The Shallows: What the Internet Is Doing to Our Brains

Author: Nicholas Carr

Publisher: W. W. Norton & Company

ISBN: 9780393079364

Category: Science

Page: 256

View: 2793

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Finalist for the 2011 Pulitzer Prize in General Nonfiction: “Nicholas Carr has written a Silent Spring for the literary mind.”—Michael Agger, Slate “Is Google making us stupid?” When Nicholas Carr posed that question, in a celebrated Atlantic Monthly cover story, he tapped into a well of anxiety about how the Internet is changing us. He also crystallized one of the most important debates of our time: As we enjoy the Net’s bounties, are we sacrificing our ability to read and think deeply? Now, Carr expands his argument into the most compelling exploration of the Internet’s intellectual and cultural consequences yet published. As he describes how human thought has been shaped through the centuries by “tools of the mind”—from the alphabet to maps, to the printing press, the clock, and the computer—Carr interweaves a fascinating account of recent discoveries in neuroscience by such pioneers as Michael Merzenich and Eric Kandel. Our brains, the historical and scientific evidence reveals, change in response to our experiences. The technologies we use to find, store, and share information can literally reroute our neural pathways. Building on the insights of thinkers from Plato to McLuhan, Carr makes a convincing case that every information technology carries an intellectual ethic—a set of assumptions about the nature of knowledge and intelligence. He explains how the printed book served to focus our attention, promoting deep and creative thought. In stark contrast, the Internet encourages the rapid, distracted sampling of small bits of information from many sources. Its ethic is that of the industrialist, an ethic of speed and efficiency, of optimized production and consumption—and now the Net is remaking us in its own image. We are becoming ever more adept at scanning and skimming, but what we are losing is our capacity for concentration, contemplation, and reflection. Part intellectual history, part popular science, and part cultural criticism, The Shallows sparkles with memorable vignettes—Friedrich Nietzsche wrestling with a typewriter, Sigmund Freud dissecting the brains of sea creatures, Nathaniel Hawthorne contemplating the thunderous approach of a steam locomotive—even as it plumbs profound questions about the state of our modern psyche. This is a book that will forever alter the way we think about media and our minds.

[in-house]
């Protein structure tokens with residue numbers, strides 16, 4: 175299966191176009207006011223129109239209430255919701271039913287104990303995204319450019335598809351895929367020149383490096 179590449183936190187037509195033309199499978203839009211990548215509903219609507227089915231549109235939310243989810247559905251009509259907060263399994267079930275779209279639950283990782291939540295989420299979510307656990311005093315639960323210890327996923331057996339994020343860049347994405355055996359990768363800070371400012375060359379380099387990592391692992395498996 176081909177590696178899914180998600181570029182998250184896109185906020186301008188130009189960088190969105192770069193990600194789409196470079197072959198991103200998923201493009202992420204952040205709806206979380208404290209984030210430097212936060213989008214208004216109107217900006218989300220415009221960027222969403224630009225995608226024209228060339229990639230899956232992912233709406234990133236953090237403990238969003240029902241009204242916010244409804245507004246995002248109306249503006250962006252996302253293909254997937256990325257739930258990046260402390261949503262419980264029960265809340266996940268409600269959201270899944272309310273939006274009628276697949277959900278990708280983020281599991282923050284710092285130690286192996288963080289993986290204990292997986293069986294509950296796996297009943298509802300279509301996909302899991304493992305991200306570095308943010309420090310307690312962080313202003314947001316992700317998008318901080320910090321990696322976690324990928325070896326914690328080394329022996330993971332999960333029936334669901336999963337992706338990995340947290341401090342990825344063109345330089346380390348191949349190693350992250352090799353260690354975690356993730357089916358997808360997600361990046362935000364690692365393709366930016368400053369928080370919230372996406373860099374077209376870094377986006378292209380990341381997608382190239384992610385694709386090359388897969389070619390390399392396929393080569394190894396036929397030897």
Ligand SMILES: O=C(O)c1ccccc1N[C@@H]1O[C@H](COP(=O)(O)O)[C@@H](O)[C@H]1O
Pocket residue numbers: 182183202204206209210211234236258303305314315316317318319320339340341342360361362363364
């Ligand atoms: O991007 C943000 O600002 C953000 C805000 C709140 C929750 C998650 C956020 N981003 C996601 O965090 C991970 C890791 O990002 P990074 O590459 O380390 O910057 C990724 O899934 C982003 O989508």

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Summary of Nicholas Carr’s The Shallows by Milkyway Media

Author: Milkyway Media

Publisher: Milkyway Media

ISBN: N.A

Category: Study Aids

Page: 32

View: 1816

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The Shallows: What the Internet Is Doing to Our Brains (2010) by Nicholas Carr is a cautionary look at how extensive Internet use changes the human brain. While the Internet can be a useful tool, it’s riddled with distractions like hyperlinks, scrolling feeds, and pop-up windows that erode users’ attention span... Purchase this in-depth summary to learn more.
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The Shallows

How the internet is changing the way we think, read and remember

Author: Nicholas Carr

Publisher: Atlantic Books Ltd

ISBN: 1848878834

Category: Technology & Engineering

Page: 300

View: 9597

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In this ground-breaking and compelling book, Nicholas Carr argues that not since Gutenberg invented printing has humanity been exposed to such a mind-altering technology. The Shallows draws on the latest research to show that the Net is literally re-wiring our brains inducing only superficial understanding. As a consequence there are profound changes in the way we live and communicate, remember and socialise - even in our very conception of ourselves. By moving from the depths of thought to the shallows of distraction, the web, it seems, is actually fostering ignorance. The Shallows is not a manifesto for luddites, nor does it seek to turn back the clock. Rather it is a revelatory reminder of how far the Internet has become enmeshed in our daily existence and is affecting the way we think. This landmark book compels us all to look anew at our dependence on this all-pervasive technology.
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Is the Internet Changing the Way You Think?